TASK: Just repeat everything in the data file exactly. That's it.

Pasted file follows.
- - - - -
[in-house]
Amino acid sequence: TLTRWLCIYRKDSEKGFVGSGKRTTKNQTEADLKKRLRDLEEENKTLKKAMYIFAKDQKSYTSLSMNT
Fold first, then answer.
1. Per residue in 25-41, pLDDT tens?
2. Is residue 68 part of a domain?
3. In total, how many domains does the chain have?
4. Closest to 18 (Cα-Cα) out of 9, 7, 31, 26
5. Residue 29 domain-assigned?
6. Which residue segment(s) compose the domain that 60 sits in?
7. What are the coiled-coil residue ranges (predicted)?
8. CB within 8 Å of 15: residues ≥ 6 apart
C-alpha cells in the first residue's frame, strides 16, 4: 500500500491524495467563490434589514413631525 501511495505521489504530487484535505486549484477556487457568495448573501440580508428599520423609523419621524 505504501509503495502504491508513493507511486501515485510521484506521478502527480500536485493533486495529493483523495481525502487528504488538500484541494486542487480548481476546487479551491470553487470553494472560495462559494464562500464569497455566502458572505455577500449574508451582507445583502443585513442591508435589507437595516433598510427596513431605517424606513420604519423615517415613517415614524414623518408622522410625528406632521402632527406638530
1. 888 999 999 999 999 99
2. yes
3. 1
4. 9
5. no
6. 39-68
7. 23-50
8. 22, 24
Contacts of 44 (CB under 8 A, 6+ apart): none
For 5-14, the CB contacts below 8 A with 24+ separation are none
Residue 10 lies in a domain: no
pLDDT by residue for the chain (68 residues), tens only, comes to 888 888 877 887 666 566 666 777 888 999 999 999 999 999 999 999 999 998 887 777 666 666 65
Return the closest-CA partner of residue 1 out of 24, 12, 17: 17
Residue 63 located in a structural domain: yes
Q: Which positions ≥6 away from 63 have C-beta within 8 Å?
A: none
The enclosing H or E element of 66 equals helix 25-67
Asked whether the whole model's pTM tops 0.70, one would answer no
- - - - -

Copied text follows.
[in-house]
Amino acid sequence: TLTRWLCIYRKDSEKGFVGSGKRTTKNQTEADLKKRLRDLEEENKTLKKAMYIFAKDQKSYTSLSMNT
Fold first, then answer.
1. Per residue in 25-41, pLDDT tens?
2. Is residue 68 part of a domain?
3. In total, how many domains does the chain have?
4. Closest to 18 (Cα-Cα) out of 9, 7, 31, 26
5. Residue 29 domain-assigned?
6. Which residue segment(s) compose the domain that 60 sits in?
7. What are the coiled-coil residue ranges (predicted)?
8. CB within 8 Å of 15: residues ≥ 6 apart
C-alpha cells in the first residue's frame, strides 16, 4: 500500500491524495467563490434589514413631525 501511495505521489504530487484535505486549484477556487457568495448573501440580508428599520423609523419621524 505504501509503495502504491508513493507511486501515485510521484506521478502527480500536485493533486495529493483523495481525502487528504488538500484541494486542487480548481476546487479551491470553487470553494472560495462559494464562500464569497455566502458572505455577500449574508451582507445583502443585513442591508435589507437595516433598510427596513431605517424606513420604519423615517415613517415614524414623518408622522410625528406632521402632527406638530
1. 888 999 999 999 999 99
2. yes
3. 1
4. 9
5. no
6. 39-68
7. 23-50
8. 22, 24
Contacts of 44 (CB under 8 A, 6+ apart): none
For 5-14, the CB contacts below 8 A with 24+ separation are none
Residue 10 lies in a domain: no
pLDDT by residue for the chain (68 residues), tens only, comes to 888 888 877 887 666 566 666 777 888 999 999 999 999 999 999 999 999 998 887 777 666 666 65
Return the closest-CA partner of residue 1 out of 24, 12, 17: 17
Residue 63 located in a structural domain: yes
Q: Which positions ≥6 away from 63 have C-beta within 8 Å?
A: none
The enclosing H or E element of 66 equals helix 25-67
Asked whether the whole model's pTM tops 0.70, one would answer no